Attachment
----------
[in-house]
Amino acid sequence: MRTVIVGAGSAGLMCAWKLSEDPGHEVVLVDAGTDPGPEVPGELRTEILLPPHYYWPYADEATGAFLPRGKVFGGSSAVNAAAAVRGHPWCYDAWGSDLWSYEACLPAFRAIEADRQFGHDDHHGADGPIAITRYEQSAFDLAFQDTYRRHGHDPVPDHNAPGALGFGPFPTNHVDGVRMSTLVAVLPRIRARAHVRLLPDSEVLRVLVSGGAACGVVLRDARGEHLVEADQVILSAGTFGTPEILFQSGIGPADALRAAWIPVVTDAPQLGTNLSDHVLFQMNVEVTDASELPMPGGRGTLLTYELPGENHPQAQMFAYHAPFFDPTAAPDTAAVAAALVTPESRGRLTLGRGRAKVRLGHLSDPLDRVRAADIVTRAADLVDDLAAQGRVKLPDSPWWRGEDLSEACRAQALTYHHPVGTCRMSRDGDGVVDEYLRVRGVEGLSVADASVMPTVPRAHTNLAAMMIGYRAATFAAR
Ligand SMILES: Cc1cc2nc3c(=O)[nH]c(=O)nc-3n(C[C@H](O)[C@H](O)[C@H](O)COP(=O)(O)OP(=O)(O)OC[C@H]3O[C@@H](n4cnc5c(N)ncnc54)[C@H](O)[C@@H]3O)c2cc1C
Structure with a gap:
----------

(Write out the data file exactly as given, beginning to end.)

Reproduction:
[in-house]
Amino acid sequence: MRTVIVGAGSAGLMCAWKLSEDPGHEVVLVDAGTDPGPEVPGELRTEILLPPHYYWPYADEATGAFLPRGKVFGGSSAVNAAAAVRGHPWCYDAWGSDLWSYEACLPAFRAIEADRQFGHDDHHGADGPIAITRYEQSAFDLAFQDTYRRHGHDPVPDHNAPGALGFGPFPTNHVDGVRMSTLVAVLPRIRARAHVRLLPDSEVLRVLVSGGAACGVVLRDARGEHLVEADQVILSAGTFGTPEILFQSGIGPADALRAAWIPVVTDAPQLGTNLSDHVLFQMNVEVTDASELPMPGGRGTLLTYELPGENHPQAQMFAYHAPFFDPTAAPDTAAVAAALVTPESRGRLTLGRGRAKVRLGHLSDPLDRVRAADIVTRAADLVDDLAAQGRVKLPDSPWWRGEDLSEACRAQALTYHHPVGTCRMSRDGDGVVDEYLRVRGVEGLSVADASVMPTVPRAHTNLAAMMIGYRAATFAAR
Ligand SMILES: Cc1cc2nc3c(=O)[nH]c(=O)nc-3n(C[C@H](O)[C@H](O)[C@H](O)COP(=O)(O)OP(=O)(O)OC[C@H]3O[C@@H](n4cnc5c(N)ncnc54)[C@H](O)[C@@H]3O)c2cc1C
Structure with a gap: